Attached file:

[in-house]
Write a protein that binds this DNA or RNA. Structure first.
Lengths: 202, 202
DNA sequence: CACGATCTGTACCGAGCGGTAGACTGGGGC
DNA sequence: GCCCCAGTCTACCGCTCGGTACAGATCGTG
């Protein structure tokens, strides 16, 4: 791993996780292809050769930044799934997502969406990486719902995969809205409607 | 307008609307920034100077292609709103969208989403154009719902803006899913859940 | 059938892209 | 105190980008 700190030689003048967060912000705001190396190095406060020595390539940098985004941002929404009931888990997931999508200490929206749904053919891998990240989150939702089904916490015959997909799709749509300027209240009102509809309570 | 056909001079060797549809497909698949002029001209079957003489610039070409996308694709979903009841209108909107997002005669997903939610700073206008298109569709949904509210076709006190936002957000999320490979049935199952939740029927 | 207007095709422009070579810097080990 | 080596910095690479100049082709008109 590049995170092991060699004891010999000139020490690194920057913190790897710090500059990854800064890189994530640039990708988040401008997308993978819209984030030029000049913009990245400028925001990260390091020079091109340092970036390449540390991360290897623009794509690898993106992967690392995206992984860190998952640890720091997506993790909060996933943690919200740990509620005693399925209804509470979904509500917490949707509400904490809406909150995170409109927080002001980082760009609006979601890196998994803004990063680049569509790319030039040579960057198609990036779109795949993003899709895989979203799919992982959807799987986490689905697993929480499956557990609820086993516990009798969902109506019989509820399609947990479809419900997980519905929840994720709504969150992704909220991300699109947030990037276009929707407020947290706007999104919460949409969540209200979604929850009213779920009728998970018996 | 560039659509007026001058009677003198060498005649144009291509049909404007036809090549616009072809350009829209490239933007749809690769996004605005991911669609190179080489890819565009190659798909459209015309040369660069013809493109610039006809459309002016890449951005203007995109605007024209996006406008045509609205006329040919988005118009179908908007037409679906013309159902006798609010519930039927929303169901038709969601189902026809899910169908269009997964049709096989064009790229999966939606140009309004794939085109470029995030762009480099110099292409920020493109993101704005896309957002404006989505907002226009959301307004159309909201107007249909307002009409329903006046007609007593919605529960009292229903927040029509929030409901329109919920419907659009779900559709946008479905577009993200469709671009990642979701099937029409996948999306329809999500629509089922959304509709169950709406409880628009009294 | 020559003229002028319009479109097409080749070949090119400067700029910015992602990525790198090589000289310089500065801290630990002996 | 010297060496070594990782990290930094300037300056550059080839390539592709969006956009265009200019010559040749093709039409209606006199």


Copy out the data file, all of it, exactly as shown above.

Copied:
[in-house]
Write a protein that binds this DNA or RNA. Structure first.
Lengths: 202, 202
DNA sequence: CACGATCTGTACCGAGCGGTAGACTGGGGC
DNA sequence: GCCCCAGTCTACCGCTCGGTACAGATCGTG
């Protein structure tokens, strides 16, 4: 791993996780292809050769930044799934997502969406990486719902995969809205409607 | 307008609307920034100077292609709103969208989403154009719902803006899913859940 | 059938892209 | 105190980008 700190030689003048967060912000705001190396190095406060020595390539940098985004941002929404009931888990997931999508200490929206749904053919891998990240989150939702089904916490015959997909799709749509300027209240009102509809309570 | 056909001079060797549809497909698949002029001209079957003489610039070409996308694709979903009841209108909107997002005669997903939610700073206008298109569709949904509210076709006190936002957000999320490979049935199952939740029927 | 207007095709422009070579810097080990 | 080596910095690479100049082709008109 590049995170092991060699004891010999000139020490690194920057913190790897710090500059990854800064890189994530640039990708988040401008997308993978819209984030030029000049913009990245400028925001990260390091020079091109340092970036390449540390991360290897623009794509690898993106992967690392995206992984860190998952640890720091997506993790909060996933943690919200740990509620005693399925209804509470979904509500917490949707509400904490809406909150995170409109927080002001980082760009609006979601890196998994803004990063680049569509790319030039040579960057198609990036779109795949993003899709895989979203799919992982959807799987986490689905697993929480499956557990609820086993516990009798969902109506019989509820399609947990479809419900997980519905929840994720709504969150992704909220991300699109947030990037276009929707407020947290706007999104919460949409969540209200979604929850009213779920009728998970018996 | 560039659509007026001058009677003198060498005649144009291509049909404007036809090549616009072809350009829209490239933007749809690769996004605005991911669609190179080489890819565009190659798909459209015309040369660069013809493109610039006809459309002016890449951005203007995109605007024209996006406008045509609205006329040919988005118009179908908007037409679906013309159902006798609010519930039927929303169901038709969601189902026809899910169908269009997964049709096989064009790229999966939606140009309004794939085109470029995030762009480099110099292409920020493109993101704005896309957002404006989505907002226009959301307004159309909201107007249909307002009409329903006046007609007593919605529960009292229903927040029509929030409901329109919920419907659009779900559709946008479905577009993200469709671009990642979701099937029409996948999306329809999500629509089922959304509709169950709406409880628009009294 | 020559003229002028319009479109097409080749070949090119400067700029910015992602990525790198090589000289310089500065801290630990002996 | 010297060496070594990782990290930094300037300056550059080839390539592709969006956009265009200019010559040749093709039409209606006199």